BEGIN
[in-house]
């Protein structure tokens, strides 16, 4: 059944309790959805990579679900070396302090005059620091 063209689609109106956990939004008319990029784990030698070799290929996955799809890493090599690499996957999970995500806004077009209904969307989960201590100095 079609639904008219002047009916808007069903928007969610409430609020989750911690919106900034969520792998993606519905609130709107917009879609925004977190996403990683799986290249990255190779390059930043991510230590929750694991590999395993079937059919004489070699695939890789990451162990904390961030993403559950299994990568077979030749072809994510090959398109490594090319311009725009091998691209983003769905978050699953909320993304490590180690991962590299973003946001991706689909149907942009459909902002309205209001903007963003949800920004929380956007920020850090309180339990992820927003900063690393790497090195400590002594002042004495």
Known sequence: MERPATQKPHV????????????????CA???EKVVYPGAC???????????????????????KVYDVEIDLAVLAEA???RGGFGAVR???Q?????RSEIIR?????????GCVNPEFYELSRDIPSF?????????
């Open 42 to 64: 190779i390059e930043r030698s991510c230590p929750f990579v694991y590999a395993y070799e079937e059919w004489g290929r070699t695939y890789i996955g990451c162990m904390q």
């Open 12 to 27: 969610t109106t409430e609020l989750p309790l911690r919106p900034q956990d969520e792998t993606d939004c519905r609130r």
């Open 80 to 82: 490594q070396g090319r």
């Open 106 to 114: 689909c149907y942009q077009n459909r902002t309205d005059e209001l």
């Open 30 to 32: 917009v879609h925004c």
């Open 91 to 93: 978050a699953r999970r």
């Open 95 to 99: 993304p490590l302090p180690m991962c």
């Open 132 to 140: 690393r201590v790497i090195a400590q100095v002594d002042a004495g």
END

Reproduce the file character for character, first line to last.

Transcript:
[in-house]
């Protein structure tokens, strides 16, 4: 059944309790959805990579679900070396302090005059620091 063209689609109106956990939004008319990029784990030698070799290929996955799809890493090599690499996957999970995500806004077009209904969307989960201590100095 079609639904008219002047009916808007069903928007969610409430609020989750911690919106900034969520792998993606519905609130709107917009879609925004977190996403990683799986290249990255190779390059930043991510230590929750694991590999395993079937059919004489070699695939890789990451162990904390961030993403559950299994990568077979030749072809994510090959398109490594090319311009725009091998691209983003769905978050699953909320993304490590180690991962590299973003946001991706689909149907942009459909902002309205209001903007963003949800920004929380956007920020850090309180339990992820927003900063690393790497090195400590002594002042004495």
Known sequence: MERPATQKPHV????????????????CA???EKVVYPGAC???????????????????????KVYDVEIDLAVLAEA???RGGFGAVR???Q?????RSEIIR?????????GCVNPEFYELSRDIPSF?????????
């Open 42 to 64: 190779i390059e930043r030698s991510c230590p929750f990579v694991y590999a395993y070799e079937e059919w004489g290929r070699t695939y890789i996955g990451c162990m904390q």
């Open 12 to 27: 969610t109106t409430e609020l989750p309790l911690r919106p900034q956990d969520e792998t993606d939004c519905r609130r």
């Open 80 to 82: 490594q070396g090319r």
């Open 106 to 114: 689909c149907y942009q077009n459909r902002t309205d005059e209001l």
């Open 30 to 32: 917009v879609h925004c």
């Open 91 to 93: 978050a699953r999970r």
């Open 95 to 99: 993304p490590l302090p180690m991962c």
């Open 132 to 140: 690393r201590v790497i090195a400590q100095v002594d002042a004495g």